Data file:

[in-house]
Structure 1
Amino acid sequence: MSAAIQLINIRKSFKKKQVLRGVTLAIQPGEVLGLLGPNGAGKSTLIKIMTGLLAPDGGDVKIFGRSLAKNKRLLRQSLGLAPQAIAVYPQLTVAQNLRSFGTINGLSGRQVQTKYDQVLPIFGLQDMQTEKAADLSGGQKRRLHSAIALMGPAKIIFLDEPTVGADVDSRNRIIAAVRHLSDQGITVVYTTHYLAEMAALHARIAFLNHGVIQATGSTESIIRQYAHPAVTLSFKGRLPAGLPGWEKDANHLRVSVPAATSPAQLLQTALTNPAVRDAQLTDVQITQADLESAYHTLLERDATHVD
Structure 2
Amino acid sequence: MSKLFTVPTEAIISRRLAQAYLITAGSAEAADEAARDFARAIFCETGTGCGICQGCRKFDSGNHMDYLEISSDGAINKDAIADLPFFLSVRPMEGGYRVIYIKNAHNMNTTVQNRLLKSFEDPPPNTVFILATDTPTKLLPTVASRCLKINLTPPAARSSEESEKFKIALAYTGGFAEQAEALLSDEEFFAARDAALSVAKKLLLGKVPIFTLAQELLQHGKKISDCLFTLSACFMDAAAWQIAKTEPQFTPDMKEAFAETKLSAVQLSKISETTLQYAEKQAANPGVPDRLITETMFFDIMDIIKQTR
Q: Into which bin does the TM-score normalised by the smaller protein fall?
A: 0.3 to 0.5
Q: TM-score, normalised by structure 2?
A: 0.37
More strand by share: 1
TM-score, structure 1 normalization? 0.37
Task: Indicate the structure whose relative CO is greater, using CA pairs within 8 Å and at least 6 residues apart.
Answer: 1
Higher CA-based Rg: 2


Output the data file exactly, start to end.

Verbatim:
[in-house]
Structure 1
Amino acid sequence: MSAAIQLINIRKSFKKKQVLRGVTLAIQPGEVLGLLGPNGAGKSTLIKIMTGLLAPDGGDVKIFGRSLAKNKRLLRQSLGLAPQAIAVYPQLTVAQNLRSFGTINGLSGRQVQTKYDQVLPIFGLQDMQTEKAADLSGGQKRRLHSAIALMGPAKIIFLDEPTVGADVDSRNRIIAAVRHLSDQGITVVYTTHYLAEMAALHARIAFLNHGVIQATGSTESIIRQYAHPAVTLSFKGRLPAGLPGWEKDANHLRVSVPAATSPAQLLQTALTNPAVRDAQLTDVQITQADLESAYHTLLERDATHVD
Structure 2
Amino acid sequence: MSKLFTVPTEAIISRRLAQAYLITAGSAEAADEAARDFARAIFCETGTGCGICQGCRKFDSGNHMDYLEISSDGAINKDAIADLPFFLSVRPMEGGYRVIYIKNAHNMNTTVQNRLLKSFEDPPPNTVFILATDTPTKLLPTVASRCLKINLTPPAARSSEESEKFKIALAYTGGFAEQAEALLSDEEFFAARDAALSVAKKLLLGKVPIFTLAQELLQHGKKISDCLFTLSACFMDAAAWQIAKTEPQFTPDMKEAFAETKLSAVQLSKISETTLQYAEKQAANPGVPDRLITETMFFDIMDIIKQTR
Q: Into which bin does the TM-score normalised by the smaller protein fall?
A: 0.3 to 0.5
Q: TM-score, normalised by structure 2?
A: 0.37
More strand by share: 1
TM-score, structure 1 normalization? 0.37
Task: Indicate the structure whose relative CO is greater, using CA pairs within 8 Å and at least 6 residues apart.
Answer: 1
Higher CA-based Rg: 2